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Abstract: TH-PO375

ANCA Stimulation of Monocytes Changes Their Cellular Metabolism

Session Information

Category: Cell Biology

  • 201 Cell Signaling, Oxidative Stress


  • O'Brien, Eóin, Trinity College Dublin, Dublin, Ireland
  • White, Carla A, Trinity College Dublin, Dublin, Ireland
  • Mohamed, Safa Hasab Elrasoul, Trinity College Dublin, Dublin, Ireland
  • Little, Mark Alan, Trinity College Dublin, Dublin, Ireland
  • Hickey, Fionnuala B., Trinity College Dublin, Dublin, Ireland

Anti-neutrophil cytoplasmic antibody (ANCA) vasculitis causes rapidly progressive glomerulonephritis and is characterised by autoantibodies against myeloperoxidase (MPO) or proteinase-3 (PR3). We have previously shown that stimulation of monocytes with anti-MPO, but not anti-PR3, antibodies results in increased pro-inflammatory cytokine release, suggesting a pathogenic role for this cell type. Cellular metabolism (particularly a switch to aerobic glycolysis), has recently been shown to be important in the immune response, and targeting metabolic pathways postulated as a potential treatment in autoimmunity. We investigated the effect of ANCA on the metabolism of monocytes.


Monocytes were isolated from healthy donors. Following stimulation with anti-MPO/PR3 antibodies, with or without a range of metabolic pathway inhibitors, changes in metabolism were measured using Seahorse extracellular flux analysis. Changes in cytokine production were assessed by ELISA.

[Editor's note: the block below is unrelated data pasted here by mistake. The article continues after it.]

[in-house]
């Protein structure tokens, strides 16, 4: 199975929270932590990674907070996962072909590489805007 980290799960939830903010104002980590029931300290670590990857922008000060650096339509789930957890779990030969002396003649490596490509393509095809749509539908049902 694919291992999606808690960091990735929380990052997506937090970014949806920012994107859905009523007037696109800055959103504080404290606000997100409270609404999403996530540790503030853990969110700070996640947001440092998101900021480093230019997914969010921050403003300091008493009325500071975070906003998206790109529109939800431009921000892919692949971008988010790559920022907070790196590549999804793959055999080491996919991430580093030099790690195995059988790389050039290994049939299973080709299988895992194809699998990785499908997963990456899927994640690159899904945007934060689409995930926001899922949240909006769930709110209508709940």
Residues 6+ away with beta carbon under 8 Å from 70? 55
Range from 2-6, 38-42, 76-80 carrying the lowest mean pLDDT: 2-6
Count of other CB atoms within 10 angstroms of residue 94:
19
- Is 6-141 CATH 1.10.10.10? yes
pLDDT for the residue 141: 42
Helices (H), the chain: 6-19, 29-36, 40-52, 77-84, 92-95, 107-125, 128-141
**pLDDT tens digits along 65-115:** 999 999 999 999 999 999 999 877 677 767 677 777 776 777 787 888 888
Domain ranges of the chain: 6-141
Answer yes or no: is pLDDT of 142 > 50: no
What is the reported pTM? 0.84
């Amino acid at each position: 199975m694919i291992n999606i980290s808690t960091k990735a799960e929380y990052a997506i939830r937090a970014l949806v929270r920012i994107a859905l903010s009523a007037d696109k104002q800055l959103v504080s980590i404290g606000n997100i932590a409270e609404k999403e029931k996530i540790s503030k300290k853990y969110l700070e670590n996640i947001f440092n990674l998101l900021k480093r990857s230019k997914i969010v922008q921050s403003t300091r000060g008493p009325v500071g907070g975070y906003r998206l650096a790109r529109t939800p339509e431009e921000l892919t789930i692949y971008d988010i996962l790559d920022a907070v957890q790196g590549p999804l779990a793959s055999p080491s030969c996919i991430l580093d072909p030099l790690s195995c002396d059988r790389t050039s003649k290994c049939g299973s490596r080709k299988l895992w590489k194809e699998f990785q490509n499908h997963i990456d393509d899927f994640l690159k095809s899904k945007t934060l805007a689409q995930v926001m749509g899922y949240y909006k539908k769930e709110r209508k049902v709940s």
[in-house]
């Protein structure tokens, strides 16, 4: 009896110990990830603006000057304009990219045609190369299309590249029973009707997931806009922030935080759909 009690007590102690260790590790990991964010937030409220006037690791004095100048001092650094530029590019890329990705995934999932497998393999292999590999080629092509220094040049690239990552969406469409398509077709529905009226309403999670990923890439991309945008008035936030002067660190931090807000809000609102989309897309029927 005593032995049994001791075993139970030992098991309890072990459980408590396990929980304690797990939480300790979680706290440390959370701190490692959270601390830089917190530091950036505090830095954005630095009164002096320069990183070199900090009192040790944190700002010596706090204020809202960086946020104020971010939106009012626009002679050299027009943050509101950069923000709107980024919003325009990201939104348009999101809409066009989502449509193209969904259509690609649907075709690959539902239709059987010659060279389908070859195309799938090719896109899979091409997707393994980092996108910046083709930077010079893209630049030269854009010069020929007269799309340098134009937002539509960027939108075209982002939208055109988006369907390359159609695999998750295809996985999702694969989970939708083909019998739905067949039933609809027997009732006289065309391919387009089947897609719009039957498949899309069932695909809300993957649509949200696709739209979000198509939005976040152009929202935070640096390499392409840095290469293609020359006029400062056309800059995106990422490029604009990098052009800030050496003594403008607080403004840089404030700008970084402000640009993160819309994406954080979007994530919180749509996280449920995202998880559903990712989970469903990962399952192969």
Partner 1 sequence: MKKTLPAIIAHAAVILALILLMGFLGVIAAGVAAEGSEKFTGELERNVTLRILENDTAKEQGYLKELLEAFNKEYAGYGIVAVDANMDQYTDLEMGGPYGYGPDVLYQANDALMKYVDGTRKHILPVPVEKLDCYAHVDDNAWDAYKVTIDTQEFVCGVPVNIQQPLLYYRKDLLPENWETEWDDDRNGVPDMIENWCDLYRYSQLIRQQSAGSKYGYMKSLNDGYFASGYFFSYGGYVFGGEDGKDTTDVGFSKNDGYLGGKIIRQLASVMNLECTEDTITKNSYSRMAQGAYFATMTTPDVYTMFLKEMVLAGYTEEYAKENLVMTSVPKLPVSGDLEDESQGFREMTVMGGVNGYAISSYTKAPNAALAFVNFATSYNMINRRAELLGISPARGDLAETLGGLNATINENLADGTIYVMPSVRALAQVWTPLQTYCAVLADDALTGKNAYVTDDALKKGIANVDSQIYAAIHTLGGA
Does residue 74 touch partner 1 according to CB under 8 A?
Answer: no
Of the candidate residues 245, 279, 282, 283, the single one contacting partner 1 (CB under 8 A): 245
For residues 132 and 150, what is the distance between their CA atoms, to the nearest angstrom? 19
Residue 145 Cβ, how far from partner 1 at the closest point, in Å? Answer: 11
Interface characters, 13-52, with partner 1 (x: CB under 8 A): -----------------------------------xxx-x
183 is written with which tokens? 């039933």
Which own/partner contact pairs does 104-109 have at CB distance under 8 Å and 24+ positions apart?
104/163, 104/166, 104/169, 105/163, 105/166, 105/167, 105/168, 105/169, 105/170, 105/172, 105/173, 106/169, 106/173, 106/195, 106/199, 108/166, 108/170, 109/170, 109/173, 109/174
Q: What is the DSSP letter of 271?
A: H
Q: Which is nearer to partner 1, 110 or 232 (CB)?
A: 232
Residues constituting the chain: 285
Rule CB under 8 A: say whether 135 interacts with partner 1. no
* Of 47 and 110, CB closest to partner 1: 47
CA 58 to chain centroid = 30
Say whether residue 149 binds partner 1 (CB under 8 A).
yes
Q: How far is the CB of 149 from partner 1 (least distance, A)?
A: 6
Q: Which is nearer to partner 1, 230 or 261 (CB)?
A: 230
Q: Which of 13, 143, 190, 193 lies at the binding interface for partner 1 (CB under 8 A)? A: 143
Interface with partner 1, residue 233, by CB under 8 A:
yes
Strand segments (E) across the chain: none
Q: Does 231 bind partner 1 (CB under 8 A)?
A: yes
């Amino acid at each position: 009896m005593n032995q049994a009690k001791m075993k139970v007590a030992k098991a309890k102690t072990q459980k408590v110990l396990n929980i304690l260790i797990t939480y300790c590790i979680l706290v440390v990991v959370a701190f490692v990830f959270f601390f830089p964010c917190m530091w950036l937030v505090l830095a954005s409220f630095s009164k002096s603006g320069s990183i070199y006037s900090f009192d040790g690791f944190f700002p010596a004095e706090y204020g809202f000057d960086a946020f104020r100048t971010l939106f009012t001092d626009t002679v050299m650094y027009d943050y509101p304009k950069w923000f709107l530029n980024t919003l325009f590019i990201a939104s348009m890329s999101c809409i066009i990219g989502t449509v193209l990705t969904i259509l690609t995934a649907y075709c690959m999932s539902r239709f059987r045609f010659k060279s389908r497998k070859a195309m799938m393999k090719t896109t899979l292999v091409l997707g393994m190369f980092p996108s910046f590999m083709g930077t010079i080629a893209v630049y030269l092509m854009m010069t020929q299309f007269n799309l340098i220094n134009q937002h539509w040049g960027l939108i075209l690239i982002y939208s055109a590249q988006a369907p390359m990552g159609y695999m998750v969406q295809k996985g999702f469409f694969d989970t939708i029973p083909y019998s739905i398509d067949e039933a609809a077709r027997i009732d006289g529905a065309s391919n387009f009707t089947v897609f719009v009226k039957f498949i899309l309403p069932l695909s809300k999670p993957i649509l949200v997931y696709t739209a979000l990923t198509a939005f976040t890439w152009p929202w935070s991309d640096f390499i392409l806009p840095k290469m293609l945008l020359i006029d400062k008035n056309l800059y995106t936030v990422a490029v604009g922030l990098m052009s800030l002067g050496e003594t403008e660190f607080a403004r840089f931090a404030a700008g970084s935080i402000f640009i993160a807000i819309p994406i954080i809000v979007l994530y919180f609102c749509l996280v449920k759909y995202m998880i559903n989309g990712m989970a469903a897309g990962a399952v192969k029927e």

In accordance with prior data indicating that pro-inflammatory leukocytes preferentially use glycolysis for metabolism, we found increased glycolysis in ANCA-stimulated monocytes. However, we also observed upregulated oxidative respiration. These changes occur within minutes of exposure to ANCA. Cells treated with anti-PR3 antibodies displayed different oxygen consumption kinetics compared to those treated with anti-MPO; changes in these metabolic pathways were linked to the previously observed differences in cytokine production. To further investigate the mechanism by which metabolic pathways are involved in the response to ANCA, we used pharmacological inhibitors to block elements of glucose metabolism. Blocking oxidative phosphorylation, as measured by reduced oxygen consumption, resulted in no change in IL-1β production, but blocking glycolysis resulted in complete inhibition. Pyruvate dehydrogenase, a major point-of-no-return in the metabolism of glucose, was required for IL-1β production. In addition, using a specific scavenger of mitochondrial reactive oxygen species (mROS) we showed an inhibition of the IL-1β induced by anti-MPO treatment indicating that mROS has a role in activation of this inflammatory pathway.


These data indicate an important role for the upregulation of cellular metabolism in the pro-inflammatory activation of monocytes in response to ANCA.


  • Government Support - Non-U.S.